A recently-published patent by Sony shows an asymmetric VR mechanic that would allow a spectating audience to participate and influence in a VR experience.
The patent is available to view of the United States Patent and Trademark Office site, and describes an experience in which audience participation includes “augmenting the VR scene based on the spectator inputs in response to the interactive content of the audience participation content.”
The text is accompanied by a diagram that explains the idea a little better:
As you can see, one user will be inside VR while the other audience members can influence the VR experience by voting on a particular topic or choice. In the diagram, the example shows the choice of a sword, creature or soup ladle on the TV screen. The audience members then hold up an object to the camera to indicate their vote, and that influences what the VR user is given in-game.
This concept of asymmetric VR — with one user inside VR and others participating in the real world — isn’t new. However, the voting method in the patent does look unusual. The audience is clearly holding some object up to vote, read by the camera mounted on top of the TV, and looks like either a phone or some kind of physical voting card. It seems unlikely that the current generation PlayStation camera would be able to accurately read multiple phone screens at once, so perhaps the patent is aimed at unannounced and refreshed PSVR 2 hardware?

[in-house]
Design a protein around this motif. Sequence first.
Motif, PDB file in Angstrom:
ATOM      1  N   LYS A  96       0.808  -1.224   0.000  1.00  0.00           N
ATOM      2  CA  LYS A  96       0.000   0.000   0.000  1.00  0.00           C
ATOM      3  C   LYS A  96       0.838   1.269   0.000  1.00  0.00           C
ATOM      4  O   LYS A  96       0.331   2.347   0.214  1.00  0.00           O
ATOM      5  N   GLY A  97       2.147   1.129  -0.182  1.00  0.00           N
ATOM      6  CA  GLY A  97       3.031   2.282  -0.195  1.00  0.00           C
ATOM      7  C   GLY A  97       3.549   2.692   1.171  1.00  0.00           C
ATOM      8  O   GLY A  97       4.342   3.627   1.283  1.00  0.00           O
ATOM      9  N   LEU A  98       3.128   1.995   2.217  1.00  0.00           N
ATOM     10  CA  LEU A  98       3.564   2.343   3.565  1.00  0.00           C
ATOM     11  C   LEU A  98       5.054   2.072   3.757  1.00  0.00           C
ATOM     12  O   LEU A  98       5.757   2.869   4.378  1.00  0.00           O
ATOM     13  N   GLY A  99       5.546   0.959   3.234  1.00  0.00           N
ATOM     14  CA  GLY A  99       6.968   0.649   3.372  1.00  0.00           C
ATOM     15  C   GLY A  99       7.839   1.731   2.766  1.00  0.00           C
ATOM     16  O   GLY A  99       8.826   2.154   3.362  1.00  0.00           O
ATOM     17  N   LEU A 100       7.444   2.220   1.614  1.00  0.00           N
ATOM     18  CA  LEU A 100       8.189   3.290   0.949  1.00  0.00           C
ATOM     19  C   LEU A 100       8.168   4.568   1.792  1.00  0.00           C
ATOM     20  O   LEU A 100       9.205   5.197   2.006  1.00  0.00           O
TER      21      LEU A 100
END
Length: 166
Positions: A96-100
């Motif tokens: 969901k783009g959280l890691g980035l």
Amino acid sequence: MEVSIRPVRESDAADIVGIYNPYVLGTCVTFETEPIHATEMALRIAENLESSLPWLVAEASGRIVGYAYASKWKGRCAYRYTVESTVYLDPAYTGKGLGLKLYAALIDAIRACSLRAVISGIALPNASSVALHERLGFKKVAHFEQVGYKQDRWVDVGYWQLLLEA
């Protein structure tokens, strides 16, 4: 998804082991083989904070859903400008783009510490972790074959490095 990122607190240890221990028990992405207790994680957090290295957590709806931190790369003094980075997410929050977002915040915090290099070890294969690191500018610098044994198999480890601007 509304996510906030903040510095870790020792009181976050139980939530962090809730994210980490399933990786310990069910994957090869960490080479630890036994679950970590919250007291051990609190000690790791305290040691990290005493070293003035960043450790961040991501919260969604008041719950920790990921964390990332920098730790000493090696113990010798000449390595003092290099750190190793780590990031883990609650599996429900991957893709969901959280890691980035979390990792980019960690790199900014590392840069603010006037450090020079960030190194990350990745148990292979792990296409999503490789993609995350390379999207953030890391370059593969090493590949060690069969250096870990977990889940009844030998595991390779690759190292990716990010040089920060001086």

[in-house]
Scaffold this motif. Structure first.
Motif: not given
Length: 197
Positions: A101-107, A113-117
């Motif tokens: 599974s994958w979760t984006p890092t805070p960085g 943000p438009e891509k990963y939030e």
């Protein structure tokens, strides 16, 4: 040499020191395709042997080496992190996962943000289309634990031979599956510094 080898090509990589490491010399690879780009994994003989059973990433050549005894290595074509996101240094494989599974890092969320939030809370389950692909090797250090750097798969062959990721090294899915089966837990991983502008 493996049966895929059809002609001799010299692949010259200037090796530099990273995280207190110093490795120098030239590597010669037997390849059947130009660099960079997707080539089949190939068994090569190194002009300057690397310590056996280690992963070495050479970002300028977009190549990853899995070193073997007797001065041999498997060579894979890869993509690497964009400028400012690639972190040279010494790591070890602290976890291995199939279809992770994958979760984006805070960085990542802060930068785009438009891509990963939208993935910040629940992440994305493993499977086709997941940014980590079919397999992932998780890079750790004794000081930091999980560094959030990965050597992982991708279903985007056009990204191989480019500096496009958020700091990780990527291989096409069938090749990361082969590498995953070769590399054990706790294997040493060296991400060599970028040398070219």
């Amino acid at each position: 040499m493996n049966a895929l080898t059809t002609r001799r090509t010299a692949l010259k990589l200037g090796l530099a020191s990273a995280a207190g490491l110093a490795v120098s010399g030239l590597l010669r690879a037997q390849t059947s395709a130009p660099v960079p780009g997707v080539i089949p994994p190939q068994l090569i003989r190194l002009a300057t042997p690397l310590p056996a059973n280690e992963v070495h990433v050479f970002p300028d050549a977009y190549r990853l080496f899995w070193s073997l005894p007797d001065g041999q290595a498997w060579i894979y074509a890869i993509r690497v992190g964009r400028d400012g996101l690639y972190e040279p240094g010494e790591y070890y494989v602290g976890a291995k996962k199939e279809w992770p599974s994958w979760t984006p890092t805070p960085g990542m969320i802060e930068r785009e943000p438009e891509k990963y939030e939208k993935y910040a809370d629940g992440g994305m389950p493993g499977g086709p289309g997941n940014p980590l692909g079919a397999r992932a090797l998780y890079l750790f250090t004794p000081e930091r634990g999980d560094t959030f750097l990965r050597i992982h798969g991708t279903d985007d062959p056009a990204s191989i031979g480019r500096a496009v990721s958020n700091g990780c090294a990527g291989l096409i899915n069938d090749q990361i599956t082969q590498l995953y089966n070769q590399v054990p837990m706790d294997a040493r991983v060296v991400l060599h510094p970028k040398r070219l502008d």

As always though, patents should be taken with a big heap of salt — many often never come to fruition and are filed just in case they want to use the idea in the future. If you want more info on any upcoming PSVR hardware refreshes, be sure to check out everything we know about PSVR 2.